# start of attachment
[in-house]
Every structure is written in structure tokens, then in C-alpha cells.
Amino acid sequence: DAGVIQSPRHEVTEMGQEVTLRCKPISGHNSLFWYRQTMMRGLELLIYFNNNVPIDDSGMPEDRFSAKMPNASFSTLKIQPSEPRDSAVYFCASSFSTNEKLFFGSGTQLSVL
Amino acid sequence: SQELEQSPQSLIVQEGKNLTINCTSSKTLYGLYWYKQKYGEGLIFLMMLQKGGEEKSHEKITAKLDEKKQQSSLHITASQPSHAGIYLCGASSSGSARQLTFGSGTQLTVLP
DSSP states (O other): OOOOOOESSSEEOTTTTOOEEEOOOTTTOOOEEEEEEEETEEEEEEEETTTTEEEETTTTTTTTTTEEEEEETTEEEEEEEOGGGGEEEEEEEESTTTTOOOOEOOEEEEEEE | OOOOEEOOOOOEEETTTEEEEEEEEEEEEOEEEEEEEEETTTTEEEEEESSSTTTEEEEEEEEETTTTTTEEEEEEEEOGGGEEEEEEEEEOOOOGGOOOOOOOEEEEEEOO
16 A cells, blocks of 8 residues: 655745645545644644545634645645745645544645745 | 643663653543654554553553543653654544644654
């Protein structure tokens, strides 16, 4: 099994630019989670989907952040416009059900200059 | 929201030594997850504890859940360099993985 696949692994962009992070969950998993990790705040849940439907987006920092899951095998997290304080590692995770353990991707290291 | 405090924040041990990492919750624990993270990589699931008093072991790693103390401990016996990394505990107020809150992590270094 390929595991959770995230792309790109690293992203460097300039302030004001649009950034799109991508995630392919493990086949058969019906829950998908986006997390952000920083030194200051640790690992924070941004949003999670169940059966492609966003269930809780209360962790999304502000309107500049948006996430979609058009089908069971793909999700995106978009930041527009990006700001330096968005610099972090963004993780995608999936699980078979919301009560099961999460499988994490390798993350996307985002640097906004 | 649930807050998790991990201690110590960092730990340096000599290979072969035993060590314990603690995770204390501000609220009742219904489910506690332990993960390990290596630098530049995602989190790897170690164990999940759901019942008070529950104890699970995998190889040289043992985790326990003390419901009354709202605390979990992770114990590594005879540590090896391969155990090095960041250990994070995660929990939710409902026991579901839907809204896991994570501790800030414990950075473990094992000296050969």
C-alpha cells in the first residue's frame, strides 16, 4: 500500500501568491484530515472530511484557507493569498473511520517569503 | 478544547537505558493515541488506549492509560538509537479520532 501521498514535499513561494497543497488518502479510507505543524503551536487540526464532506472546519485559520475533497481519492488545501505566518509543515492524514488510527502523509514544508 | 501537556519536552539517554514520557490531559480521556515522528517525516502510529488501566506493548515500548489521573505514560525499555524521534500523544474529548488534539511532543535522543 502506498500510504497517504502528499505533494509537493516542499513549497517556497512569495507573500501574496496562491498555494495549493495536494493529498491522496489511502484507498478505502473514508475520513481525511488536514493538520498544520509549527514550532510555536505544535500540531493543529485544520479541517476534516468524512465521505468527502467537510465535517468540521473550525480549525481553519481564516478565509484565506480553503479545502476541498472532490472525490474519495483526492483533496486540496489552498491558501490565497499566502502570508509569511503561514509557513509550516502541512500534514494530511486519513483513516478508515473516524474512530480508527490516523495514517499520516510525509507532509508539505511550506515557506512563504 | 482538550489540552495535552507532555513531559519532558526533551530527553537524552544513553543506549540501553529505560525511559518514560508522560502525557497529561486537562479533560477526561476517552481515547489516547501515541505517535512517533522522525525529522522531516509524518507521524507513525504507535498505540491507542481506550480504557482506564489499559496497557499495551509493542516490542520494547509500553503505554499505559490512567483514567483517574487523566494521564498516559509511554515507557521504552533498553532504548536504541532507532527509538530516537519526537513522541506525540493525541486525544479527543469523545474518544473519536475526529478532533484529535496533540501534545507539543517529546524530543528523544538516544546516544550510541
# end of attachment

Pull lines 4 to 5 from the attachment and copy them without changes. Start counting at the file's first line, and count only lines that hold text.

Amino acid sequence: SQELEQSPQSLIVQEGKNLTINCTSSKTLYGLYWYKQKYGEGLIFLMMLQKGGEEKSHEKITAKLDEKKQQSSLHITASQPSHAGIYLCGASSSGSARQLTFGSGTQLTVLP
DSSP states (O other): OOOOOOESSSEEOTTTTOOEEEOOOTTTOOOEEEEEEEETEEEEEEEETTTTEEEETTTTTTTTTTEEEEEETTEEEEEEEOGGGGEEEEEEEESTTTTOOOOEOOEEEEEEE | OOOOEEOOOOOEEETTTEEEEEEEEEEEEOEEEEEEEEETTTTEEEEEESSSTTTEEEEEEEEETTTTTTEEEEEEEEOGGGEEEEEEEEEOOOOGGOOOOOOOEEEEEEOO